In July of 2006, several famous poker players brought a lawsuit against World Poker Tour Enterprises, claiming that their player release form which all players must sign to enter WPT events violated antitrust laws.
The basis of this argument is that the player release form allowed WPTE the right to use the players’ names and images in any way that they so desired without the consent of the player and without giving them any financial compensation. The names and images could be used on websites, in commercials, or even in video games. The players claimed that using their names and images so would most certainly violate contracts they held with other companies to use their names and images, most notably online poker site Full Tilt Poker. They further went on to claim that this was part of WPTE efforts to reduce competition and violate the players’ intellectual property rights
World Poker Tour Enterprises has not backed down from their stance that they have done nothing wrong, but have made revisions to their player release form to settle the lawsuit after deciding they didn’t need to be involved in protracted legal matters. The revision was all the suing players needed to settle the lawsuit, as no money or any other form of compensation was exchanged.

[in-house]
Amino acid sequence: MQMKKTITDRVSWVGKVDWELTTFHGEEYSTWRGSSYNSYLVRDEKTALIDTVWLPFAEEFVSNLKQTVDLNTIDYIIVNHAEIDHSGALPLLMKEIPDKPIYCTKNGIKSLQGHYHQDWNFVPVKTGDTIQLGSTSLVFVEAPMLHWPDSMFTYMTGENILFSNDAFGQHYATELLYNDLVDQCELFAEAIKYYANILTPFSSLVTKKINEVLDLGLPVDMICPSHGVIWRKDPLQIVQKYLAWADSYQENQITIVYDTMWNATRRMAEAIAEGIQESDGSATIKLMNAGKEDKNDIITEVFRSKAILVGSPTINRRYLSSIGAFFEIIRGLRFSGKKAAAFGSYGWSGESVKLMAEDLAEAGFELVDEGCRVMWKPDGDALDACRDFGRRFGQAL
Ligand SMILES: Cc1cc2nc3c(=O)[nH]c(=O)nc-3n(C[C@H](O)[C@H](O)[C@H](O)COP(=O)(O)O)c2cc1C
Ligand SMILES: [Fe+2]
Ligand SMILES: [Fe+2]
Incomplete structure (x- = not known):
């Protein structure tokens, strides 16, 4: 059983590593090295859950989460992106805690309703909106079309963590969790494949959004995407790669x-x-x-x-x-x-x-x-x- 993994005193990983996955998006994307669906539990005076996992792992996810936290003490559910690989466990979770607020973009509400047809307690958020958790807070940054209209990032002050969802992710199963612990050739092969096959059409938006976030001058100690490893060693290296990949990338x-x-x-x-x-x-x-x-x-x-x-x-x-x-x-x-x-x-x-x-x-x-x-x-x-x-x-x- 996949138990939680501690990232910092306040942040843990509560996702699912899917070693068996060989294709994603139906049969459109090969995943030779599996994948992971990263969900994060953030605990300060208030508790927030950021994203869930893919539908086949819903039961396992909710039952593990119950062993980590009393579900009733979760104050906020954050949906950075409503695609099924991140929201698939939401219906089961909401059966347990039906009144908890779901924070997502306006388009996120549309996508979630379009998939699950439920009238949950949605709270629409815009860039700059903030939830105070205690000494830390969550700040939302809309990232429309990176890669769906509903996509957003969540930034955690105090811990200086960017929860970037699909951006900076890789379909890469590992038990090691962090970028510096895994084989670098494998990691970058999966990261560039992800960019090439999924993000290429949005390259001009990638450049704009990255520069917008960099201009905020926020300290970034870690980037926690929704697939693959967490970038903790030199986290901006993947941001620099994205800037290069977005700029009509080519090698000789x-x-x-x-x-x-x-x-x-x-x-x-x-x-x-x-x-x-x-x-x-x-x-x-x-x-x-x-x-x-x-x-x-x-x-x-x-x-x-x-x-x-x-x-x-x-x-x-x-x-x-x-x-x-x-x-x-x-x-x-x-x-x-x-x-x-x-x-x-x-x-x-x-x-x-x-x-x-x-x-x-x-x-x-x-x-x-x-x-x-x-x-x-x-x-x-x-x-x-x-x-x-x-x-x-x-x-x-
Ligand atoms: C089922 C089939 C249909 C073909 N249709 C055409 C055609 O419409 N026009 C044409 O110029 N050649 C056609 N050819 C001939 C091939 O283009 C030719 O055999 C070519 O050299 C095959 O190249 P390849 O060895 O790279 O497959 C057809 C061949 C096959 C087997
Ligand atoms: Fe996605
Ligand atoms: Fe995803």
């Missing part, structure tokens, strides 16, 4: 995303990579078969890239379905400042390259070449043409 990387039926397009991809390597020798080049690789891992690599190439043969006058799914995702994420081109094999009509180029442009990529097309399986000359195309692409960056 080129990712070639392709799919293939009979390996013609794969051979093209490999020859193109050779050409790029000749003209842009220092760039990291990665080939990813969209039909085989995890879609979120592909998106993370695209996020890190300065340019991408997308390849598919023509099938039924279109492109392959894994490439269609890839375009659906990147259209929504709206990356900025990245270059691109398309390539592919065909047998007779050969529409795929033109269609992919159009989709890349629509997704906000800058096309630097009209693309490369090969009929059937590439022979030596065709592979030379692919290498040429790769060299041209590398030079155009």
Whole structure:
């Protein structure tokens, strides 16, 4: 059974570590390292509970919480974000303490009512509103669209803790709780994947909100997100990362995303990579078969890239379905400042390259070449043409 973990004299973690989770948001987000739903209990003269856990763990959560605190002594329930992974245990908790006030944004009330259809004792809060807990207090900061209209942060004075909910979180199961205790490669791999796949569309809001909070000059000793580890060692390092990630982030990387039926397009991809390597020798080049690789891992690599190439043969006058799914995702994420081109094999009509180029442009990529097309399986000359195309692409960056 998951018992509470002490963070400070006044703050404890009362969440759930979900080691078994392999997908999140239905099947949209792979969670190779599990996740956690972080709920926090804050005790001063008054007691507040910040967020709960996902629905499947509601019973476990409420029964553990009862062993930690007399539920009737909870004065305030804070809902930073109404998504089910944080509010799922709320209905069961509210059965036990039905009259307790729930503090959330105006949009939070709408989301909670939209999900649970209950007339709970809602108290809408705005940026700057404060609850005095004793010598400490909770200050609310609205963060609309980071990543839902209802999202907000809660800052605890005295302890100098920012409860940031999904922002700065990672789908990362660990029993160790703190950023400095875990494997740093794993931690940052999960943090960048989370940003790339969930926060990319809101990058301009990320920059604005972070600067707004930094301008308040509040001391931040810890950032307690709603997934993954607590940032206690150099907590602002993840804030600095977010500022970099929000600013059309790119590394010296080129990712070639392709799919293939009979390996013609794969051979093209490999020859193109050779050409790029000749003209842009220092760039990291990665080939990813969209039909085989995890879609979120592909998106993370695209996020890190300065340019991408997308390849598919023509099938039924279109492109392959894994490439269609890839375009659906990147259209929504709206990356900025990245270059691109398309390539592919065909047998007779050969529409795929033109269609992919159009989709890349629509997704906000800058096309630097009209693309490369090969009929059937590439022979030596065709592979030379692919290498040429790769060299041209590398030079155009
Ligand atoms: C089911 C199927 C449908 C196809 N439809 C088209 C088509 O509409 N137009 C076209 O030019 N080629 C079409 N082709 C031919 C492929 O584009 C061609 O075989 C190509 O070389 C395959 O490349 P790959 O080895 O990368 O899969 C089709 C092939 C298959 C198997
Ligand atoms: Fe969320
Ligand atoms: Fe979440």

The five players who settled the lawsuit are Chris Ferguson, Annie Duke, Howard Lederer, Phil Gordon, and Andy Bloch. All but Annie Duke are representatives of Full Tilt Poker, while Annie is a representative of Ultimate Bet. The lawsuit was originally filed by seven players, but Joe Hachem and Greg Raymer, former WSOP champions who both represented Poker Stars, dropped out of the lawsuit when the litigation dragged on longer than they had hoped. Joe Hachem has even won a WPT event since he dropped out of the lawsuit, earning $2.1 million for winning the WPT Five Diamond World Poker Classic in December of 2006.
In an effort to get the lawsuit cleared up in a fast and easy matter the players brought forward a motion for summary judgment in 2007, but that motion was denied and the lawsuit went on until the settlement was reached.
Chris Ferguson issued a statment about the settlement through a press release, saying “We are happy to have come to an agreement that is fair to all players, and to have put in place a new release that clears up ambiguities in how players’ images may be used. We are especially happy that this new release will apply to all poker players who wish to play in WPT tournaments and events. WPTE has created some of the best poker events in the world, and we are excited to participate in them once again.”
Steve Lipscomb, CEO of WPTE, had this to say: “We are glad to put this dispute behind us, and we look forward to working with all players to grow the sport of poker.”
This settlement ends an episode that many have considered to be the worst thing to happen to the proud image of the WPT.